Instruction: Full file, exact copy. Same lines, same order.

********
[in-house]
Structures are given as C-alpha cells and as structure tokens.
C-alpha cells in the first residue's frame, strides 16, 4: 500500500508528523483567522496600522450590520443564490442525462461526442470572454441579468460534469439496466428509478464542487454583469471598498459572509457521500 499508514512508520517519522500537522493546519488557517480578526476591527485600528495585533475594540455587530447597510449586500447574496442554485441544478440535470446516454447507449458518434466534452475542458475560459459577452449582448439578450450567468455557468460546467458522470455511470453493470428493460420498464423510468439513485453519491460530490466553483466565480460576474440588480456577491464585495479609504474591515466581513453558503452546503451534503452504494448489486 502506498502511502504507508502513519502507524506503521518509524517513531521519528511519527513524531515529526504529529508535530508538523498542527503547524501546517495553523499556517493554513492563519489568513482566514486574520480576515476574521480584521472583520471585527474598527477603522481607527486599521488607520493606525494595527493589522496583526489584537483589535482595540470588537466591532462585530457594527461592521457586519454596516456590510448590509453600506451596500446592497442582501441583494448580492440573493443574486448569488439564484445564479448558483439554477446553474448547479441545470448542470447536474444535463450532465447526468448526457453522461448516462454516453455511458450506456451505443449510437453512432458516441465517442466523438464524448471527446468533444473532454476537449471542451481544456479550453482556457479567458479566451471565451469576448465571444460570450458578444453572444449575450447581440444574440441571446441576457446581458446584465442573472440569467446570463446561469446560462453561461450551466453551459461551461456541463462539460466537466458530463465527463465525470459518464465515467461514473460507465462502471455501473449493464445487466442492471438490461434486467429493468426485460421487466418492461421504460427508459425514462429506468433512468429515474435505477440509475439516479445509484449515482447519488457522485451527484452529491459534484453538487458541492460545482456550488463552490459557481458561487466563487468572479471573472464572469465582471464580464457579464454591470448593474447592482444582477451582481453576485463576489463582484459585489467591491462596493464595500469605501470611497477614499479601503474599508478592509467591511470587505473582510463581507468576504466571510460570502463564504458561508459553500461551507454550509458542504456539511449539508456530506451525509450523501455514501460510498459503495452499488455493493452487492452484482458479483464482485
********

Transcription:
[in-house]
Structures are given as C-alpha cells and as structure tokens.
C-alpha cells in the first residue's frame, strides 16, 4: 500500500508528523483567522496600522450590520443564490442525462461526442470572454441579468460534469439496466428509478464542487454583469471598498459572509457521500 499508514512508520517519522500537522493546519488557517480578526476591527485600528495585533475594540455587530447597510449586500447574496442554485441544478440535470446516454447507449458518434466534452475542458475560459459577452449582448439578450450567468455557468460546467458522470455511470453493470428493460420498464423510468439513485453519491460530490466553483466565480460576474440588480456577491464585495479609504474591515466581513453558503452546503451534503452504494448489486 502506498502511502504507508502513519502507524506503521518509524517513531521519528511519527513524531515529526504529529508535530508538523498542527503547524501546517495553523499556517493554513492563519489568513482566514486574520480576515476574521480584521472583520471585527474598527477603522481607527486599521488607520493606525494595527493589522496583526489584537483589535482595540470588537466591532462585530457594527461592521457586519454596516456590510448590509453600506451596500446592497442582501441583494448580492440573493443574486448569488439564484445564479448558483439554477446553474448547479441545470448542470447536474444535463450532465447526468448526457453522461448516462454516453455511458450506456451505443449510437453512432458516441465517442466523438464524448471527446468533444473532454476537449471542451481544456479550453482556457479567458479566451471565451469576448465571444460570450458578444453572444449575450447581440444574440441571446441576457446581458446584465442573472440569467446570463446561469446560462453561461450551466453551459461551461456541463462539460466537466458530463465527463465525470459518464465515467461514473460507465462502471455501473449493464445487466442492471438490461434486467429493468426485460421487466418492461421504460427508459425514462429506468433512468429515474435505477440509475439516479445509484449515482447519488457522485451527484452529491459534484453538487458541492460545482456550488463552490459557481458561487466563487468572479471573472464572469465582471464580464457579464454591470448593474447592482444582477451582481453576485463576489463582484459585489467591491462596493464595500469605501470611497477614499479601503474599508478592509467591511470587505473582510463581507468576504466571510460570502463564504458561508459553500461551507454550509458542504456539511449539508456530506451525509450523501455514501460510498459503495452499488455493493452487492452484482458479483464482485